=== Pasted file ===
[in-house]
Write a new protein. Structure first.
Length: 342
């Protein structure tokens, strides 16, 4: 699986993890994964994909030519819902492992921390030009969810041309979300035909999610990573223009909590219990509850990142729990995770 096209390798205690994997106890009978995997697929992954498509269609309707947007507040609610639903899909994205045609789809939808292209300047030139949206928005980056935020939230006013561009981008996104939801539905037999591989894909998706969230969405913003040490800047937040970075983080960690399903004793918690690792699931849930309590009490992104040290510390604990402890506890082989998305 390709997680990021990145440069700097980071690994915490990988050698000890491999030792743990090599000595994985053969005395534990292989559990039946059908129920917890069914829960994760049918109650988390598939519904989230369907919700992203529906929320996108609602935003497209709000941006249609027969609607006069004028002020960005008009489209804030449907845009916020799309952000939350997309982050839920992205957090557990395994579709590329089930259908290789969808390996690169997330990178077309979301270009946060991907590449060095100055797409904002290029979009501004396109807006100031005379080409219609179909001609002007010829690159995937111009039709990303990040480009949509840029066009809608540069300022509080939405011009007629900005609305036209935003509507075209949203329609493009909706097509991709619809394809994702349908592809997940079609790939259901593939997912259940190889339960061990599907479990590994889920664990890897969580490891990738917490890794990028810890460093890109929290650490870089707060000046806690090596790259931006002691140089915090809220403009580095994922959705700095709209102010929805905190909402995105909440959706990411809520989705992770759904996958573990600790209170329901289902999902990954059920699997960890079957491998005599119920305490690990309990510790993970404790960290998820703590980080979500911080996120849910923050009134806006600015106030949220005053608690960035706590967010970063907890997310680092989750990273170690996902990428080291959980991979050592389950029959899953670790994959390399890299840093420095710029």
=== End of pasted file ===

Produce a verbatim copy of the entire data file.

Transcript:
[in-house]
Write a new protein. Structure first.
Length: 342
């Protein structure tokens, strides 16, 4: 699986993890994964994909030519819902492992921390030009969810041309979300035909999610990573223009909590219990509850990142729990995770 096209390798205690994997106890009978995997697929992954498509269609309707947007507040609610639903899909994205045609789809939808292209300047030139949206928005980056935020939230006013561009981008996104939801539905037999591989894909998706969230969405913003040490800047937040970075983080960690399903004793918690690792699931849930309590009490992104040290510390604990402890506890082989998305 390709997680990021990145440069700097980071690994915490990988050698000890491999030792743990090599000595994985053969005395534990292989559990039946059908129920917890069914829960994760049918109650988390598939519904989230369907919700992203529906929320996108609602935003497209709000941006249609027969609607006069004028002020960005008009489209804030449907845009916020799309952000939350997309982050839920992205957090557990395994579709590329089930259908290789969808390996690169997330990178077309979301270009946060991907590449060095100055797409904002290029979009501004396109807006100031005379080409219609179909001609002007010829690159995937111009039709990303990040480009949509840029066009809608540069300022509080939405011009007629900005609305036209935003509507075209949203329609493009909706097509991709619809394809994702349908592809997940079609790939259901593939997912259940190889339960061990599907479990590994889920664990890897969580490891990738917490890794990028810890460093890109929290650490870089707060000046806690090596790259931006002691140089915090809220403009580095994922959705700095709209102010929805905190909402995105909440959706990411809520989705992770759904996958573990600790209170329901289902999902990954059920699997960890079957491998005599119920305490690990309990510790993970404790960290998820703590980080979500911080996120849910923050009134806006600015106030949220005053608690960035706590967010970063907890997310680092989750990273170690996902990428080291959980991979050592389950029959899953670790994959390399890299840093420095710029």